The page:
May be you should also do some more research?

Link | Posted on Aug 26, 2021 at 07:19 UTC
In reply to:

whitelens: Like me, they got sick and tired of waiting for another Canon R3 release tease.

@MikeRan
Thanks for your facts on readout speeds in electronic shutter, which substantiate that the A1 at 3.84ms surpasses the A9 II at 6.25ms (almost x2).

Please note that this proves your claim:

'The A9II is in a different class compared to any other full frame camera on the market with respect to stills performance in electronic shutter.'

... false.

It appears odd that you suggest that I need to become better informed, when your above statement is false ?!

I do not want to enter into a ping-pong game with you arguing that only you or only me is right.

I agree that my statement on video read-out rates is not directly transferable to stills, while the R5 read-out of 15.4ms in 8K/30p (35.4MP) scaled to 24MP gives 10.4ms which is in the same order as 6.25ms of A9 II in stills (similarly 11.8-16.7ms 45MP stills scale to 8.0-11.3ms).

For mostly static interviews/conferences when the silent electronic shutter is preferred both, R5 and A9 II, provide sufficiently low readout speeds.

Link | Posted on Aug 25, 2021 at 22:59 UTC
In reply to:

whitelens: Like me, they got sick and tired of waiting for another Canon R3 release tease.

@MikeRan
I have substantiated my statements about R5 vs. A9 II speed with facts as published by Sony and Canon (both achieve the same 20 fps in electronic = silent shutter mode) and actual measurements about sensor read-out speeds (as published on this site).

In contrast, you simply state a claim without any substantiation:

'The A9II is in a different class compared to any other full frame camera on the market with respect to stills performance in electronic shutter.'

Actually, Sony's A1 is on the market for several months with 30 fps electronic shutter and clearly surpasses the A9 II with 20 fps while it additionally provides much higher resolution at 50 MP (similar to the R5's 45 MP), which can well be used for cropping.

Apparently your claim is simply false.

Coming back to the R5, with mechanical shutter the R5 achieves 12 fps, while the A9 II achieves 10 fps, so actually less when artificial lighting may cause banding or other artifacts with the electronic shutter.

Link | Posted on Aug 24, 2021 at 23:08 UTC
In reply to:

whitelens: Like me, they got sick and tired of waiting for another Canon R3 release tease.

Just a note that Canon's R5, which is on sale for almost a year now, offers completely silent shutter (electronic shutter) with 20fps, i.e. the same as Sony's A9 Mark II.
Also note that the sensor's read-out speeds are 2x faster for Canon's R5 than Sony's A9 II at 4K and similar at 1080 (important for rolling shutter), see below.

Canon's R5 read-out rates (45 MPixels):

9.7ms for 4K/30p, 4K/60p, 4K/120p
8.7ms for 1080/60p
15.4ms for 8K/30p, oversampled 4K (from full sensor)

Sony's A9 II read-out rates (24 MPixels):

23.2ms for 4K/24p
17.9ms for 4K/30p (1.2x crop)
6.3ms for 1080/60p

This shows that Canon does not need the new R3 to achieve (fps) and clearly surpass (read-out) the speed of Sony's A9 II, and this even with 45 MP vs. 24 MP.

Link | Posted on Aug 23, 2021 at 21:36 UTC
In reply to:

Jeff Greenberg: -----
> " 'three-way gravitational tug-of-war between interacting galaxies"

there's a 3 way tug of war between Sony Canon Nikon & as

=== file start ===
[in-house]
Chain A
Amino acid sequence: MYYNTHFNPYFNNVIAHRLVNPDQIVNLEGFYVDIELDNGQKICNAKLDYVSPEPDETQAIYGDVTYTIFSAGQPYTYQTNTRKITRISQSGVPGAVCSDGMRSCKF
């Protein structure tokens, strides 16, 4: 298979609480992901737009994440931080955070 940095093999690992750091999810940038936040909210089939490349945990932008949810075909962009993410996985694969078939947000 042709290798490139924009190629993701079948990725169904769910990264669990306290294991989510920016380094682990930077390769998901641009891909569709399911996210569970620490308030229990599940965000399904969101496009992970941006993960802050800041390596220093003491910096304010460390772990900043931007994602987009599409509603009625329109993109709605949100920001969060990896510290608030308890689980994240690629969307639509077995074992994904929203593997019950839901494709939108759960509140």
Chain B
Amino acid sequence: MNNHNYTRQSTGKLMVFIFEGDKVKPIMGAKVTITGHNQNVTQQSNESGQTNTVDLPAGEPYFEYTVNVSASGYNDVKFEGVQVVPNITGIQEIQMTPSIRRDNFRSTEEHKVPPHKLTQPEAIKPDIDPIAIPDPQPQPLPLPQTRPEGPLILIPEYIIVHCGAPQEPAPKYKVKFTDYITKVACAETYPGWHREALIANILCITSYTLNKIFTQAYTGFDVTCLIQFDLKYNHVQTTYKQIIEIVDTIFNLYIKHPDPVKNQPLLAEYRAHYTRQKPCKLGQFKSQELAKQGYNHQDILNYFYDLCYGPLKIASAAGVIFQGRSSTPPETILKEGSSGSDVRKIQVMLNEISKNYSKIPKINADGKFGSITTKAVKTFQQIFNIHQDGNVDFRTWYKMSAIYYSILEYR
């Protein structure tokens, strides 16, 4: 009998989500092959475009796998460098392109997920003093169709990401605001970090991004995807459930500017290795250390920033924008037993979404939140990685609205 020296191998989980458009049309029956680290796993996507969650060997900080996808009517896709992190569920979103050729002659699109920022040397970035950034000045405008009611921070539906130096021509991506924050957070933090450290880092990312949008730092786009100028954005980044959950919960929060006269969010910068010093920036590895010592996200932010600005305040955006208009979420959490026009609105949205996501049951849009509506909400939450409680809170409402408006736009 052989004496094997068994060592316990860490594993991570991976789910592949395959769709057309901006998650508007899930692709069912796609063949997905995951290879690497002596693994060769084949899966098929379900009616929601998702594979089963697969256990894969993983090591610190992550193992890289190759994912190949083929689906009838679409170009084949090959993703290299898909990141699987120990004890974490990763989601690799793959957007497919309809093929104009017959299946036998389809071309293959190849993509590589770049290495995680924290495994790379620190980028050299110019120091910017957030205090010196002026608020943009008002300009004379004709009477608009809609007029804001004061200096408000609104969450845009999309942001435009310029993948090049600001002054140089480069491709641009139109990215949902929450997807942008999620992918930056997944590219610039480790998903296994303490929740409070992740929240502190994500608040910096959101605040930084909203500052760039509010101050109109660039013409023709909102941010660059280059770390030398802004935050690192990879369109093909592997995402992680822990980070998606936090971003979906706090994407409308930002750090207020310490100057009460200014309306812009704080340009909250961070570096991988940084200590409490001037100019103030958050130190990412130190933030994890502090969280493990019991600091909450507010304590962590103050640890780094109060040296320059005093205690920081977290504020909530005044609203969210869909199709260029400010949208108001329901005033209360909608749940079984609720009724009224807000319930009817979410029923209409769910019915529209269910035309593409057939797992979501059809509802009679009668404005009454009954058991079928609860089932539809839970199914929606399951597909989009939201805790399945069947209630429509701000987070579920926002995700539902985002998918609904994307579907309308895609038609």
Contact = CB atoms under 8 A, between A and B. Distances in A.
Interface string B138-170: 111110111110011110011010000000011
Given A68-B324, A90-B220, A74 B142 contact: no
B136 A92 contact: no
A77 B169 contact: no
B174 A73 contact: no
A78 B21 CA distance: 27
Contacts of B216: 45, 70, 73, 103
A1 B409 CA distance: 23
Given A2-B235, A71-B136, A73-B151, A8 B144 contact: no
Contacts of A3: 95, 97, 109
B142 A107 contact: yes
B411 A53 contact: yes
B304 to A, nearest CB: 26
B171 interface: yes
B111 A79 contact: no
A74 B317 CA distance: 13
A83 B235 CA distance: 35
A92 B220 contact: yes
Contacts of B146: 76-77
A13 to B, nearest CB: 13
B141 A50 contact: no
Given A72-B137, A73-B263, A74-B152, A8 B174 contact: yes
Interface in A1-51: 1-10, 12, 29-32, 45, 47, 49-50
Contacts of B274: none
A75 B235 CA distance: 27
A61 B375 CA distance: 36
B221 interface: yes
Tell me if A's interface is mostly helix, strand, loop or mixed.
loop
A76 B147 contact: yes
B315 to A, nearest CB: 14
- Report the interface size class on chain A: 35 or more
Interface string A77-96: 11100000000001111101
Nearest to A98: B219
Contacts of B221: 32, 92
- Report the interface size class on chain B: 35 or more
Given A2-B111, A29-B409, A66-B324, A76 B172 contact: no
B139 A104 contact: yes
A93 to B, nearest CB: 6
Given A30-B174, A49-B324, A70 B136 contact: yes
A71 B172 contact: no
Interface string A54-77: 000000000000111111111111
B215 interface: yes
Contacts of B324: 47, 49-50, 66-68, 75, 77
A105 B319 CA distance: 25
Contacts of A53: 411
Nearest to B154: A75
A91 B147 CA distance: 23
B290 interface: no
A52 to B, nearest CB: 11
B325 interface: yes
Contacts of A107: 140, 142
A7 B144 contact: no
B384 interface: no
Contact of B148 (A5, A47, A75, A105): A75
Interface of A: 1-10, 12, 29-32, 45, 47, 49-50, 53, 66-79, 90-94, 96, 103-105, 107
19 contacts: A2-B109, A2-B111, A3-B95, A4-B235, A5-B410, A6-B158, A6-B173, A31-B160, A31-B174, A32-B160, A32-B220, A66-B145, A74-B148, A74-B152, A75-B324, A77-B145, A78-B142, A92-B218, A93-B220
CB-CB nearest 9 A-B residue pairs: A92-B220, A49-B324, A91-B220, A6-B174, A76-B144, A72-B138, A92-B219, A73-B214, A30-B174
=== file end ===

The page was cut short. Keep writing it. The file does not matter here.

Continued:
with galaxies its easy to know which is irrefutably swallowing the others

As Weia pointed out above:

'In fact they mostly pass through each other, with some gravitational effects but hardly any star to star collision. So empty a galaxy is.'

However, in this case to me there are significant gravitational effects visible in the image captured by Hubble, e.g. several of the galaxy arms appear to extend and likely move farther out of their parent galaxies compared to single galaxies. Possibly the outmost portions of such arms will leave their parent galaxies in the future.

Link | Posted on Aug 5, 2021 at 20:21 UTC
In reply to:

MinAZ: Hmm, no update for the R5?

@Stig Nygaard:
Actually on the R5 the user can already select dual-recording (at least with firmware 1.3.1/1.30), i.e. RAW to Card 1 (CFexpress) and MP4 to Card 2 (SDXC).

Link | Posted on Jul 9, 2021 at 23:30 UTC
On article Adobe releases Photoshop for Windows ARM64 devices (142 comments in total)
In reply to:

Lessiter: Quite strange that it's such an effort porting windows software to different architectures. Basically all Linux applications can be crosscompiled and are made available for lots of cpu architectures.

I assume Photoshop uses assembler language (which is close to machine code) to speed up specific, time-consuming functions, such code cannot be ported via cross-compiling and instead needs to be re-programmed in ARM code.

Link | Posted on May 18, 2021 at 16:18 UTC
On article Hubble captures star ‘on the edge of destruction’ (155 comments in total)

'According to NASA the STAR was created from giant eruptions that occurred 10,000 years ago, and which blew out the star’s outer layers.'
- I assume this should actually state:
'According to NASA the CLOUD/NEBULA was created from giant eruptions that occurred 10,000 years ago, and which blew out the star’s outer layers.'

Link | Posted on Apr 29, 2021 at 23:59 UTC as 15th comment
In reply to:

Tazz93: Why leave out the only other sensor that was created with in the last 3 years?

Why not compare to Canon's R5 ?
- similar high resolution (50 vs. 45 MPixel is 5.4% increase in linear resolution)
- 2nd fast at 20fps electronic shutter and faster at 12fps mechanical shutter
- similar dynamic ranges (actually also two ranges similar to Sony's A1)

Link | Posted on Mar 13, 2021 at 10:51 UTC
Total: 52, showing: 1 – 20
« First‹ Previous123Next ›Last »